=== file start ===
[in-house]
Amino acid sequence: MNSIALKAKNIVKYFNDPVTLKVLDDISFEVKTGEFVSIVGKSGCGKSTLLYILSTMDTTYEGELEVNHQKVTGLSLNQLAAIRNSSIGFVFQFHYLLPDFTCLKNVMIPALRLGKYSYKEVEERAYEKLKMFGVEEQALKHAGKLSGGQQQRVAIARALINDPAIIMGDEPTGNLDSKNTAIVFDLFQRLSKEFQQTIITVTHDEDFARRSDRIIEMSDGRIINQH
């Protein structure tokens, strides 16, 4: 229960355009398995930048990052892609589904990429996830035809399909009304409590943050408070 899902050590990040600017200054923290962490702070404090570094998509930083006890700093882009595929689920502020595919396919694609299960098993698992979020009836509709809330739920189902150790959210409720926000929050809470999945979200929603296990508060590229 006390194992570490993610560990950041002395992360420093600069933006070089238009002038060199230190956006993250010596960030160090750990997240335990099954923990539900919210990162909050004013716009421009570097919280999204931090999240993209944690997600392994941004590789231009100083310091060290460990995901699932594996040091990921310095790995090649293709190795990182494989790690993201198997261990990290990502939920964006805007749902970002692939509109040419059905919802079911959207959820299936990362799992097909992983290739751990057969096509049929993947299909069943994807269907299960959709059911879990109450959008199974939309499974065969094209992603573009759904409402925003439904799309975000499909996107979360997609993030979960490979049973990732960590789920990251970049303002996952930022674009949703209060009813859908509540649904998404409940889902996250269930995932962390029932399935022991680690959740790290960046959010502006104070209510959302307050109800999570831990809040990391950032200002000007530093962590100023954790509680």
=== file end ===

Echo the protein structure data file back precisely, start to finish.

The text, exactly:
[in-house]
Amino acid sequence: MNSIALKAKNIVKYFNDPVTLKVLDDISFEVKTGEFVSIVGKSGCGKSTLLYILSTMDTTYEGELEVNHQKVTGLSLNQLAAIRNSSIGFVFQFHYLLPDFTCLKNVMIPALRLGKYSYKEVEERAYEKLKMFGVEEQALKHAGKLSGGQQQRVAIARALINDPAIIMGDEPTGNLDSKNTAIVFDLFQRLSKEFQQTIITVTHDEDFARRSDRIIEMSDGRIINQH
């Protein structure tokens, strides 16, 4: 229960355009398995930048990052892609589904990429996830035809399909009304409590943050408070 899902050590990040600017200054923290962490702070404090570094998509930083006890700093882009595929689920502020595919396919694609299960098993698992979020009836509709809330739920189902150790959210409720926000929050809470999945979200929603296990508060590229 006390194992570490993610560990950041002395992360420093600069933006070089238009002038060199230190956006993250010596960030160090750990997240335990099954923990539900919210990162909050004013716009421009570097919280999204931090999240993209944690997600392994941004590789231009100083310091060290460990995901699932594996040091990921310095790995090649293709190795990182494989790690993201198997261990990290990502939920964006805007749902970002692939509109040419059905919802079911959207959820299936990362799992097909992983290739751990057969096509049929993947299909069943994807269907299960959709059911879990109450959008199974939309499974065969094209992603573009759904409402925003439904799309975000499909996107979360997609993030979960490979049973990732960590789920990251970049303002996952930022674009949703209060009813859908509540649904998404409940889902996250269930995932962390029932399935022991680690959740790290960046959010502006104070209510959302307050109800999570831990809040990391950032200002000007530093962590100023954790509680």